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BitTorrent as a Book Publicity Tool

Free copies of The Cult of Mac and The Cult of iPod are available for download through the popular BitTorrent tracker, The Pirate Bay. Finding book downloads on BitTorrent isn’t unusual, but this situation differs because the books were posted by the author and publisher.

Leander Kahney, author of both books, explains the move on his blog:

We came up with the idea after reading about the amazing success to bestselling author Paulo Coelho, who seeds his own books to file-sharing networks and then promotes them on his blog. Coelho claims great success with “pirating” his own books, saying it has had a slow but dramatic effect on sales.

Bill Pollock of No Starch Press, publisher of both Cult books, is taking a waiting-and-watching approach to the free dowloads:

I’ve been in publishing for just over 20 years and my training has not been to give books away. But I think there’s something to this and logic tells me that if we increase the visibility of our titles, we’ll sell more books.

The definitive connection between downloads and sales is hard to pin down, but O’Reilly’s 2007 case study concluded that free digital copies do not harm book sales.

(Via TorrentFreak)

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Comments: 6

  1. I recall that some years ago Seth Godin provided a free download of the full text of one of his books before it was published. As far as I am aware, he did not repeat the exercise.

    The problem with pirating one’s own books, as I see it, is that sooner or later you will see 50,000 printed in Ningbo and dumped for a dollar each on domestic markets.

    And when you try to do something about it, a judge will find that having colluded in undermining your own copyright, you are the author of your own misfortune.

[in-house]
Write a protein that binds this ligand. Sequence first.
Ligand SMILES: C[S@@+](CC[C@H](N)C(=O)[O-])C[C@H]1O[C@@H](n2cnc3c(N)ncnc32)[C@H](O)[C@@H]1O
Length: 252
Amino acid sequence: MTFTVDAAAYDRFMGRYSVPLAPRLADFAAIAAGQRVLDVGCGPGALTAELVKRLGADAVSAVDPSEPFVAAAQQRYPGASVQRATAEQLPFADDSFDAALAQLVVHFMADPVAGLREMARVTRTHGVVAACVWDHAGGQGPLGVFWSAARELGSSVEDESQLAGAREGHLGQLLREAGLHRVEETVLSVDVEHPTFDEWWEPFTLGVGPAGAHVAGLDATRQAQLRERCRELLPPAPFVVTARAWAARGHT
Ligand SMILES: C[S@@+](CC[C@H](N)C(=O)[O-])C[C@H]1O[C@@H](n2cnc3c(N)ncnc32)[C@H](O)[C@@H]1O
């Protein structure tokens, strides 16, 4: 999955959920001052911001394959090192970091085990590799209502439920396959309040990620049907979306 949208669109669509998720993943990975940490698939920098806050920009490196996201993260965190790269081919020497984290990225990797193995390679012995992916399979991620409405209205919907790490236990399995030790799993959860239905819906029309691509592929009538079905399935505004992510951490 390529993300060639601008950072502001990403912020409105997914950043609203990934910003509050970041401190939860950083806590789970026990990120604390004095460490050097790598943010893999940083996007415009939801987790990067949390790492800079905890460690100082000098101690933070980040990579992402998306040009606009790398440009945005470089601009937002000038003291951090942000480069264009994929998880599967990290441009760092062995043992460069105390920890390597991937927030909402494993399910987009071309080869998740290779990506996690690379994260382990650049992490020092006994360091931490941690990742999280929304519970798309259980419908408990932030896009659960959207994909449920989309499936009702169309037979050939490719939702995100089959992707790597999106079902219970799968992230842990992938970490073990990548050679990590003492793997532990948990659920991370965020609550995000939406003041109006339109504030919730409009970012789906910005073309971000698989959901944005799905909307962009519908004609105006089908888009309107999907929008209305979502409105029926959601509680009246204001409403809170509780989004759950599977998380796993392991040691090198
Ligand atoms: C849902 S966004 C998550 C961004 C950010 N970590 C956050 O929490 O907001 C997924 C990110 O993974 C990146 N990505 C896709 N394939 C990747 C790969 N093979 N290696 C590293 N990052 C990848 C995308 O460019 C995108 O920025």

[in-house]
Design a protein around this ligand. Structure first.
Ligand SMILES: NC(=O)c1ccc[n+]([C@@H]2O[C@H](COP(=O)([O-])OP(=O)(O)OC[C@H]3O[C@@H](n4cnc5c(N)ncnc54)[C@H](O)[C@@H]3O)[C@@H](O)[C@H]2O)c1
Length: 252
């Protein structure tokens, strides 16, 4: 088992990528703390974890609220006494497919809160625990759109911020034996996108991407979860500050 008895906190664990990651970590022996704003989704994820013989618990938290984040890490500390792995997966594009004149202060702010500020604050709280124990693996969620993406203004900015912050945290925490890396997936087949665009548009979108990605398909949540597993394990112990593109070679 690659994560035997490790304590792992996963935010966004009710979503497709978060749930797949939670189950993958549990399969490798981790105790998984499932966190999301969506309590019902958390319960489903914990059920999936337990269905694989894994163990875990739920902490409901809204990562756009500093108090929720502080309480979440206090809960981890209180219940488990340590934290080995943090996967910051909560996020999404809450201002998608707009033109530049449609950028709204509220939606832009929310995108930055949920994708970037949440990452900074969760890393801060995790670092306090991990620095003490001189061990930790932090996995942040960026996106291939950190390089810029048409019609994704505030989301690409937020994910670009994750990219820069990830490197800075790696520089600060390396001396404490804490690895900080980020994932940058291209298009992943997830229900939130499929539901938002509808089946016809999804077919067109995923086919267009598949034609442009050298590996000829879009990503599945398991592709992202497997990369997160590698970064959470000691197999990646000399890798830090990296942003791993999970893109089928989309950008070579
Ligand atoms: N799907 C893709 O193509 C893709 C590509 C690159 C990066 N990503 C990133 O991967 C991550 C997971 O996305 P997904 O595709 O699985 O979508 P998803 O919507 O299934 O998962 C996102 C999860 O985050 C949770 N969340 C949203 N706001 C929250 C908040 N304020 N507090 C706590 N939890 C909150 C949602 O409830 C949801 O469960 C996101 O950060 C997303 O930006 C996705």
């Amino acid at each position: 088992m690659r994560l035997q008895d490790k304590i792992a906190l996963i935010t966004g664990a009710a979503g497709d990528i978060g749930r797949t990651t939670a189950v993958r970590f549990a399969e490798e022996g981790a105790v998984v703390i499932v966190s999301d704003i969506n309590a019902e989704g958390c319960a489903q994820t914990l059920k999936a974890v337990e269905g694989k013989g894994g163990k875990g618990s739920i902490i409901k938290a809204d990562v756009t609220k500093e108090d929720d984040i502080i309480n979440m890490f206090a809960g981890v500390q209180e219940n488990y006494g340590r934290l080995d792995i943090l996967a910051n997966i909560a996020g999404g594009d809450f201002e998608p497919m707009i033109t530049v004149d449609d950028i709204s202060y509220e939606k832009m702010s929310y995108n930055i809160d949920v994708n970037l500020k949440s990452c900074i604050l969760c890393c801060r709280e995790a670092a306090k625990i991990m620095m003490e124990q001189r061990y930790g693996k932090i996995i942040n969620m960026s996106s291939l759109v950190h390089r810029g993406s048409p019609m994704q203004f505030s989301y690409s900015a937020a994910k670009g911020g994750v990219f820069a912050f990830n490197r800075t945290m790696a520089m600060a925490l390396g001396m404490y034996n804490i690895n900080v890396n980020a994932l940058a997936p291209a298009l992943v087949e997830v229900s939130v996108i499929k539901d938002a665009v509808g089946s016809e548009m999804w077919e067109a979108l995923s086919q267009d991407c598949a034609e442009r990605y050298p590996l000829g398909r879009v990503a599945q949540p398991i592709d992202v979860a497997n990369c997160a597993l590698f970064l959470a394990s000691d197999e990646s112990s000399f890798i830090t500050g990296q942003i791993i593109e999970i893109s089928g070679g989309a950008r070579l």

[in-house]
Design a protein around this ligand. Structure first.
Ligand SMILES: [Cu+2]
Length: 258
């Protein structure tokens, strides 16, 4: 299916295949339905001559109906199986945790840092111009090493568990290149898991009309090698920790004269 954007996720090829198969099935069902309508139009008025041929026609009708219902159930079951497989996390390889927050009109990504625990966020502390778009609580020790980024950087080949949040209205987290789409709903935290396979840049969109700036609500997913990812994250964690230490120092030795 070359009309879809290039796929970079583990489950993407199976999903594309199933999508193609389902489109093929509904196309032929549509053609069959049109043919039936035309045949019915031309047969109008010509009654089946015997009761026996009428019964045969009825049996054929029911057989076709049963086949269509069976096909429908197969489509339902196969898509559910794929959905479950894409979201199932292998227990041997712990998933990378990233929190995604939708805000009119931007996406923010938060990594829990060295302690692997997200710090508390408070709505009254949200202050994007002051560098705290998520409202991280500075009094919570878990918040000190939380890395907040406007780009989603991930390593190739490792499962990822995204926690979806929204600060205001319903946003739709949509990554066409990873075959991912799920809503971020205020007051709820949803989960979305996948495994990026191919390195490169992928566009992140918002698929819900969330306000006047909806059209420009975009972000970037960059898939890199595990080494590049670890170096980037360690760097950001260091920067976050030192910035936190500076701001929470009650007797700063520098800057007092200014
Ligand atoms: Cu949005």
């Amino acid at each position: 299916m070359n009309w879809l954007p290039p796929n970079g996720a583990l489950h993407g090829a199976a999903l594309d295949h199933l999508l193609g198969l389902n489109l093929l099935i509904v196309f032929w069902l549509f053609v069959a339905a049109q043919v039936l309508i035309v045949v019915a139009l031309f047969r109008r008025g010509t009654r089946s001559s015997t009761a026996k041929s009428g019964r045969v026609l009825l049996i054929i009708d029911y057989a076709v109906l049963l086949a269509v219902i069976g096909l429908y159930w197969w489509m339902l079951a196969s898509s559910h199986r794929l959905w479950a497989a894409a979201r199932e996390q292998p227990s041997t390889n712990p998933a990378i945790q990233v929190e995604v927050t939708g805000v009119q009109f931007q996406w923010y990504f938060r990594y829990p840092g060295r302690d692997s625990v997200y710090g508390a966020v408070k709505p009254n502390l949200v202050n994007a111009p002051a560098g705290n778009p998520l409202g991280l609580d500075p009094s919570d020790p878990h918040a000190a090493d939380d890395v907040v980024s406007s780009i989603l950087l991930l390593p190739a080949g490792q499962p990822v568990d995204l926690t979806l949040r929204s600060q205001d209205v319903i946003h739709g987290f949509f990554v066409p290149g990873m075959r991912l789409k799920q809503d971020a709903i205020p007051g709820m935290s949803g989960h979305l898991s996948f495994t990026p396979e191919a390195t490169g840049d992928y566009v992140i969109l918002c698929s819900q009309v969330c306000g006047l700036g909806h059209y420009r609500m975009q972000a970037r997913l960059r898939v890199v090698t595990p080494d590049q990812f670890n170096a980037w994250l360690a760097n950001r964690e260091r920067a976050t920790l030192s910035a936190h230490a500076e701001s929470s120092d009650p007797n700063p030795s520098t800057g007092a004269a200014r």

2. So the experiment has started – has there been any followup on the results?

    cheers… -Adam

  3. @Adam: I touched base with Bill Pollock a few weeks ago and he said it’s still too early to gauge the experiment. However, I hope to follow up with him within the next couple months to see where things stand.

    This is absolutely an area that requires follow-up, whether it’s with the “Cult of Mac” example or another publisher.

  4. I think the key is the format in which the self-pirating version is placed. For example, for my novel, Road to Reboot, I placed a Flash version on my site that contained the first chapter. Then made an e-book version (PDF style) elsewhere, or through my email address.

    The downside of placing the entire text on the site is that it is prone to abuse.

  5. @James Joyce : Seth has two series of books: ebooks he gives away and printed books he sells. I think it’s a very good model. I don’t believe in giving your books away. Unlike software given away, ebooks don’t need support, so there’s no incentive to buy them.

    I do give ebooks versions of my books for free to those who buy my print books and bother to write me and ask. Works like a charm, makes the readers happy that they can get something from the author and actually communicate with the author and I see almost no piracy.

  6. I don’t believe that my work should be completely appropriated for free; simply because my landlord won’t let me live rent-free.

    That being said, my publisher and I are offering chapter excerpts of my books anywhere we can get our grubby little uploaded files on!For example: You can read a chapter excerpt of my latest book, HANDLE TiME, at GOODREADS.

    I respect the coin my readers shell out for my words; and I will always give them a free taste of my latest tales; on some website, or the other.